We developed an 18-item survey to evaluate the perceived value of the training and the extent to which trained leadership behaviors were implemented following training (Supplemental Figure 3). The survey included demographic questions, followed by multiple-choice questions related to the quality of the training, the relative value of the training compared to other leadership trainings, the realism of the simulations, and the frequency with which participants used and/or taught the learned behaviors. In addition, three questions allowed participants to provide free-text commentary on the value of the training and recommendations for improving the training. The survey was administered at the end of the academic year after the last training session was conducted. We sent a total of four email requests on a weekly basis to encourage participation. We collected data using REDCap (Research Electronic Data Capture) tools hosted at the University of Washington’s Institute of Translational Health Sciences.9 Surveys were anonymous.
We computed descriptive statistics (median and interquartile range as appropriate) for results from the Likert questions.
A total of 36 residents completed the training, with one participant only completing half of the training due to a scheduling conflict. The survey was sent to all 36 participants, and 23 (64%) responded. The demographic composition of the participants who responded to the survey was similar to the larger group of trained participants (Table 2).
Table 2Demographics of training participants and training evaluation survey respondents.
|All participants* (n=36) N(%)||Survey respondents (n=23) N (%)|
|Male||22 (61)||14 (61)|
|Female||14 (39)||9 (39)|
|PGY during training|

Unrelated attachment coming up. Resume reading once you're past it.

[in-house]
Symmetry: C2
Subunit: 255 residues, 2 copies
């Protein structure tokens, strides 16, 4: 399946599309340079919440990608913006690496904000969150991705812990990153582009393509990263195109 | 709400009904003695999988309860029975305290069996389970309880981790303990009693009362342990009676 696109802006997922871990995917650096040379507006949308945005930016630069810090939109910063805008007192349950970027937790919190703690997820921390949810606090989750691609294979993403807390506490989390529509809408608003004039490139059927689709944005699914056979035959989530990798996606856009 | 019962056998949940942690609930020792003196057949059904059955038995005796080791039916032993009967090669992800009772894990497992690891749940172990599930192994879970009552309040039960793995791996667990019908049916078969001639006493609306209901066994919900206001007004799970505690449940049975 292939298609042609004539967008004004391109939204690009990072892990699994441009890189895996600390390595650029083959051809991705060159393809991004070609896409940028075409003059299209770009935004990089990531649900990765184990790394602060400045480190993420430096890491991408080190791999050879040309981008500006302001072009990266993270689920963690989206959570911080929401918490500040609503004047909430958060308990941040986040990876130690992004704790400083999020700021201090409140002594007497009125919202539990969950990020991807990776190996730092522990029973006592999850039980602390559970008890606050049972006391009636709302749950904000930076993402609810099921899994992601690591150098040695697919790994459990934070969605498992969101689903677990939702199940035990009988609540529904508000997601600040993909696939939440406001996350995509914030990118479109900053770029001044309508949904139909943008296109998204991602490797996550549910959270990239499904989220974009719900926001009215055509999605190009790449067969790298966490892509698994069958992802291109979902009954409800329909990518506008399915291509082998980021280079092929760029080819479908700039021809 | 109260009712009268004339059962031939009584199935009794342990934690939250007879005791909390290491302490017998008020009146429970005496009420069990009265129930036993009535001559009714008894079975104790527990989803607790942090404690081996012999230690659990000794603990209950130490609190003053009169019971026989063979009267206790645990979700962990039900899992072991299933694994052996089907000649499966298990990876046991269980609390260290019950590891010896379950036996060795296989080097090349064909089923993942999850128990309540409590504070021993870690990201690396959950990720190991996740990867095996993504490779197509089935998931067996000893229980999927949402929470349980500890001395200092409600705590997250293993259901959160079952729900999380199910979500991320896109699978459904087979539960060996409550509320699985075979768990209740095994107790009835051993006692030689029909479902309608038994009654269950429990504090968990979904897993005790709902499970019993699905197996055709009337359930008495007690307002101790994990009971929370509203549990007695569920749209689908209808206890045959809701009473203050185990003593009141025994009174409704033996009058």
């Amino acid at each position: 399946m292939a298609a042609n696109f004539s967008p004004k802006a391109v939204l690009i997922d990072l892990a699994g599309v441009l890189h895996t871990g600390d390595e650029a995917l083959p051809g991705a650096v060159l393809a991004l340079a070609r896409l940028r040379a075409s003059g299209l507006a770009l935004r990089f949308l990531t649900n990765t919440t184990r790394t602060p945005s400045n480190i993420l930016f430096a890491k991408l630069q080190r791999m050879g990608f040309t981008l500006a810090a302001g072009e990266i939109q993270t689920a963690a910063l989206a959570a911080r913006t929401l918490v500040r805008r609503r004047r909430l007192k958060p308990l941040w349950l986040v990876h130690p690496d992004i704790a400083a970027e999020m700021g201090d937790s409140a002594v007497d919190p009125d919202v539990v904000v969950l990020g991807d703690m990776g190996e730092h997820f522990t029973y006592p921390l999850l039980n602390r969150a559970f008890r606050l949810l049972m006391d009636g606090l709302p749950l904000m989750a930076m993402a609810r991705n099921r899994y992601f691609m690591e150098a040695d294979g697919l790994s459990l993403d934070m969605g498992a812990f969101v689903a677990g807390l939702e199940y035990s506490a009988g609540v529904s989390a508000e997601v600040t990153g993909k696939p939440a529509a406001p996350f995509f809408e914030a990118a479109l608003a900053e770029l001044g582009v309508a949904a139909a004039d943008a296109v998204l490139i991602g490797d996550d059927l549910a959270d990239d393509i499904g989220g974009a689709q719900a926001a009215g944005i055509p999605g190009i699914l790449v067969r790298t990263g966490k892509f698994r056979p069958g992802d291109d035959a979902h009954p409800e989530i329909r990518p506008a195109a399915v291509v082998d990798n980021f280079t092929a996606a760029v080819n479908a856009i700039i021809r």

|2||23 (64)||14 (61)|
|3||13 (36)||9 (39)|
|PGY at time of survey*|
|Fellow or attending||2 (9)|
|Hispanic||2 (6)||2 (9)|
|Not Hispanic||34 (94)||20 (87)|
|Unknown or not reported||1 (4)|
|AN/AI||0 (0)||0 (0)|
|Asian||7 (19)||3 (13)|
|Native Hawaiian or Pacific Islander||0 (0)||0 (0)|
|Black||0 (0)||0 (0)|
|White||27 (75)||18 (78)|
|More than one||2 (6)||2 (9)|
|Emergency medicine||31 (86)||20 (87)|
|Surgery||5 (14)||3 (13)|
PGY, post-graduate year; AN, Alaskan Native; AI, American Indian.
*The All Participant data was taken from the demographic survey completed by participants at the time of training with the exception of the “PGY at the time of survey,” which was only available for those participants who responded to the follow-up survey.
The majority of respondents felt the training was a “very valuable” component of their residency education (n=20, 87%) and “very valuable” to their current practice (n=16, 70%). The remaining respondents felt the training was either “valuable” or “fairly valuable,” with no respondents reporting it as “not valuable” or only “slightly valuable.” Table 3 provides the median responses for questions related to the value and the realism of the training.
Table 3Survey results for the perceived value and realism of the simulation-based leadership training.
|Question and anchors||Median score (IQR)|
|Value of training to residency education1 – Not valuable, residency training should not include this training3 – Fairly valuable, residents in my specialty should have the option of taking this training5 – Very valuable, it should be a part of all residency programs in my specialty||5 (5,5)|
|Value of training to current practice1 – Not valuable, it was much less impactful than other teamwork or leadership training3 – Fairly valuable, it was as impactful as other teamwork or leadership training5 – Very valulable, it was more impactful than any other leadership or teamwork training||5 (4,5)|
|Realism of the simulations1 – Not realistic, the simulation did not represent the stress and environment present in a trauma resuscitation3 – Fairly realistic, some elements of the stress and environment of a trauma resuscitation were well-represented5 – Very realistic, the stress and environment of a trauma resuscitation were well-represented||4 (4,5)|
IQR, interquartile range.
All respondents indicated some ongoing use of the skills learned during the training, with the majority using the skills “daily” (n=6, 26%) or “several times weekly” (n=10, 43%). The most commonly cited skills for ongoing use included the pre-arrival brief (n=21, 91%) and prioritization (n=21, 91%) (Figure). The most commonly cited skills that participants taught to others included the pre-brief (n=20, 87%) and the huddle (n=18, 78%).